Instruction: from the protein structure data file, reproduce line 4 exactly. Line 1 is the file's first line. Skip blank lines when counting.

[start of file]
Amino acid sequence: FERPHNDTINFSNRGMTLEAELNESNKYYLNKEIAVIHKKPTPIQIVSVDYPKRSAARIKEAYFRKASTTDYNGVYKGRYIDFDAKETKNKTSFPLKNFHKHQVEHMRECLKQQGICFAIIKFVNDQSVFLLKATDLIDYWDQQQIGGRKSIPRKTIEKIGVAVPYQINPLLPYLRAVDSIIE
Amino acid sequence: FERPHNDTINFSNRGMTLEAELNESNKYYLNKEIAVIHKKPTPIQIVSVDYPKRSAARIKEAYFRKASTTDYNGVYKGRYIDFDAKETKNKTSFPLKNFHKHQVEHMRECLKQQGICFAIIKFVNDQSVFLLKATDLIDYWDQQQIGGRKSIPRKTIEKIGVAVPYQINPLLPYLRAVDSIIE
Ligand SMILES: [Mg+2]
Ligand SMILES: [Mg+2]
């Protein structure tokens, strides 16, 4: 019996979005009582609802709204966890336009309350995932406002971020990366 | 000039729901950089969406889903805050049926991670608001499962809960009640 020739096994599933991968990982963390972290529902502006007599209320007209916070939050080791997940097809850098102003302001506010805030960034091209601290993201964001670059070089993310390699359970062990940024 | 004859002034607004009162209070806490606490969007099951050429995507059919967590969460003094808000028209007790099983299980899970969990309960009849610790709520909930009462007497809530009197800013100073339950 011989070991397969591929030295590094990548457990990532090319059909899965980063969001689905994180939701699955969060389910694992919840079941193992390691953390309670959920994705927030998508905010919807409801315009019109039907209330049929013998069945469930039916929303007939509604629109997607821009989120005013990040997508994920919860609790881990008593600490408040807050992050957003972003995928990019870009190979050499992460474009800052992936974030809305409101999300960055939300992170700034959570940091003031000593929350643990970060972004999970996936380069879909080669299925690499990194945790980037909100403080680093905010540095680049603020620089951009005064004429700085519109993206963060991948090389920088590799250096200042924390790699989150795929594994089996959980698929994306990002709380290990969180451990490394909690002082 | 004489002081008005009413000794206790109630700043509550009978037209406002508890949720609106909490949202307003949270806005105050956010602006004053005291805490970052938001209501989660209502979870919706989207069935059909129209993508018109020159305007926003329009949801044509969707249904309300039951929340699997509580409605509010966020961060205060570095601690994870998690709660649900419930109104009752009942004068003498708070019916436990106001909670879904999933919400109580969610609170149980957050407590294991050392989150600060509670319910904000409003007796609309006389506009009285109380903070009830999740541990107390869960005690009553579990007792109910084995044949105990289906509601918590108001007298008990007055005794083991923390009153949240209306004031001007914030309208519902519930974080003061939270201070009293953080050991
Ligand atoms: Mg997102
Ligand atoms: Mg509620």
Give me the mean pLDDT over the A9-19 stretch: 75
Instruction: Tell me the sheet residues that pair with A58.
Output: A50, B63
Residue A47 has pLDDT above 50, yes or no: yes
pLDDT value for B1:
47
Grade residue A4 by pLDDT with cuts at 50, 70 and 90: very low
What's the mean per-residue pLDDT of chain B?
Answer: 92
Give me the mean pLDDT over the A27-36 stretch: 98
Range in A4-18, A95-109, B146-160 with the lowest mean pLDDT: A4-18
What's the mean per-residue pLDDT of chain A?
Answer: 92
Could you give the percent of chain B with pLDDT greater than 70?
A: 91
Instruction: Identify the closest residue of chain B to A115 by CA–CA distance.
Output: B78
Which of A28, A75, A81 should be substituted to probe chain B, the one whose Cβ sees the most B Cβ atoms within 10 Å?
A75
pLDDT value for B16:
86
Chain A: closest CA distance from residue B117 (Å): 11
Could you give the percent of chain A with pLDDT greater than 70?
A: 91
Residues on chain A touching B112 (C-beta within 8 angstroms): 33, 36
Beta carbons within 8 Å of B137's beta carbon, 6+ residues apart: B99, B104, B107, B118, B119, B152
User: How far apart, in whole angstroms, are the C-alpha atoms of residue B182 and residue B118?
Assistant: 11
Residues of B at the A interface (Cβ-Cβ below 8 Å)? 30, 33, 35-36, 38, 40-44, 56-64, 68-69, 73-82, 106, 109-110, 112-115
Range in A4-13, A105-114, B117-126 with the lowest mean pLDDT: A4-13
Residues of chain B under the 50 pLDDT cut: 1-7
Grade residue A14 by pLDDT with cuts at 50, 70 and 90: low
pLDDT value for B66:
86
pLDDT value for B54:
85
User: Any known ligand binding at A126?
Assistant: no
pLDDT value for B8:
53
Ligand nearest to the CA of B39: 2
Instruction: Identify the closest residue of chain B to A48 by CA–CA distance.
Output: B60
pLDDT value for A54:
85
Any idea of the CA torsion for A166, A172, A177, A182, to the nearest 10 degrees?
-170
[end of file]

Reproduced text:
Ligand SMILES: [Mg+2]